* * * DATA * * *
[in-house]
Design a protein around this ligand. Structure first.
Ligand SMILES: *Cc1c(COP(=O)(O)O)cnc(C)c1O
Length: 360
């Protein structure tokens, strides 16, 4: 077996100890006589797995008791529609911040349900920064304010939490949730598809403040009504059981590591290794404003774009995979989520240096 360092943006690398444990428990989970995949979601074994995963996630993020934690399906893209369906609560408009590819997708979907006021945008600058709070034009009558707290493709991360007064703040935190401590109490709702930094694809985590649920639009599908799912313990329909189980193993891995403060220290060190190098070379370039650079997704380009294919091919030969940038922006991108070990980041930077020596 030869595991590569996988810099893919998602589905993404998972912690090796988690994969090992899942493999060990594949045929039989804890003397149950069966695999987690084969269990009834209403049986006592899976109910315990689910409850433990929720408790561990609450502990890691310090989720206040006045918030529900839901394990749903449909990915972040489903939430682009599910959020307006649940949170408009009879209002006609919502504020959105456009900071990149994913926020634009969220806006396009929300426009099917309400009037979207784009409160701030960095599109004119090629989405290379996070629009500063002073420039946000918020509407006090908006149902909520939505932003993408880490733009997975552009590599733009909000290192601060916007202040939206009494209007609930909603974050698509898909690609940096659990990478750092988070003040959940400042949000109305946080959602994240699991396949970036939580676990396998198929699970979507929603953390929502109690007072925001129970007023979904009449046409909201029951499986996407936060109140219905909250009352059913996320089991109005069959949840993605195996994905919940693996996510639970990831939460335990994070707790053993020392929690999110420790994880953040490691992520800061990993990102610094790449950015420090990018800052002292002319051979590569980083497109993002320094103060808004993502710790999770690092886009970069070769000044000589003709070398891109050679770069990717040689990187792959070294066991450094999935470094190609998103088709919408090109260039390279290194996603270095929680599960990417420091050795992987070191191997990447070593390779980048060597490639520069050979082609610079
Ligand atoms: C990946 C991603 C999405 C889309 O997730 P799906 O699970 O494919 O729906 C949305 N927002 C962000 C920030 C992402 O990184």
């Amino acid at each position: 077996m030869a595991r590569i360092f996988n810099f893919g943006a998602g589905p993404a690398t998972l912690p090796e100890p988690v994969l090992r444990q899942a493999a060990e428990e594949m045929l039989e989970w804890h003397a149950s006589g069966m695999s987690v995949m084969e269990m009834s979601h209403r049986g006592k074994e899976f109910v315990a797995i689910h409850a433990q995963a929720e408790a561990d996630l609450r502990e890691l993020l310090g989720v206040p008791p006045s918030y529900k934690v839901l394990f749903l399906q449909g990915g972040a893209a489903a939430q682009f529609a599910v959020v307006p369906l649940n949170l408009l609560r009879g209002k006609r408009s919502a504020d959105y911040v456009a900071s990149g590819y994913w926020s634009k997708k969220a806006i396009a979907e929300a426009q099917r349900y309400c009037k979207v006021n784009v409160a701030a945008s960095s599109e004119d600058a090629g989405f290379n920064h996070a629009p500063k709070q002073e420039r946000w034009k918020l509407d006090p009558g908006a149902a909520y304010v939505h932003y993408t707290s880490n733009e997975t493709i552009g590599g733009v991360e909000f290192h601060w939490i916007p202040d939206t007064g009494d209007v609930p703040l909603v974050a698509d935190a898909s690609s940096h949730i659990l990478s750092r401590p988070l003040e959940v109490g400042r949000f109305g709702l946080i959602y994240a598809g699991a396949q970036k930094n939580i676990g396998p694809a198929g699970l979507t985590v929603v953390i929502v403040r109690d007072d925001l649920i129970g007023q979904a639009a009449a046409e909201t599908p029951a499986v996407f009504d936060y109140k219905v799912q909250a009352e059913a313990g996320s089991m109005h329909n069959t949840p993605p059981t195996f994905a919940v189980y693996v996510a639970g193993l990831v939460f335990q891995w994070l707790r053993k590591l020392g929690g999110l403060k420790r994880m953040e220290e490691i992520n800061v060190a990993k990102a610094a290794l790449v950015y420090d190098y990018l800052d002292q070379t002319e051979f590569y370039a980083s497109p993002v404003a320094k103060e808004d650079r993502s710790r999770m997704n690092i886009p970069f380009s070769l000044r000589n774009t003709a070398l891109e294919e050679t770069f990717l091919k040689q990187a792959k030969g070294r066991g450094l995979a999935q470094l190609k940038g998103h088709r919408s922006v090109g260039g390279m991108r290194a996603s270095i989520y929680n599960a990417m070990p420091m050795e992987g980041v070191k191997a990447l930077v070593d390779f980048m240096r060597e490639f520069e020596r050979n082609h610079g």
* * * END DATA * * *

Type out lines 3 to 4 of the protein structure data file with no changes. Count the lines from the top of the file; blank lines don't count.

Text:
Ligand SMILES: *Cc1c(COP(=O)(O)O)cnc(C)c1O
Length: 360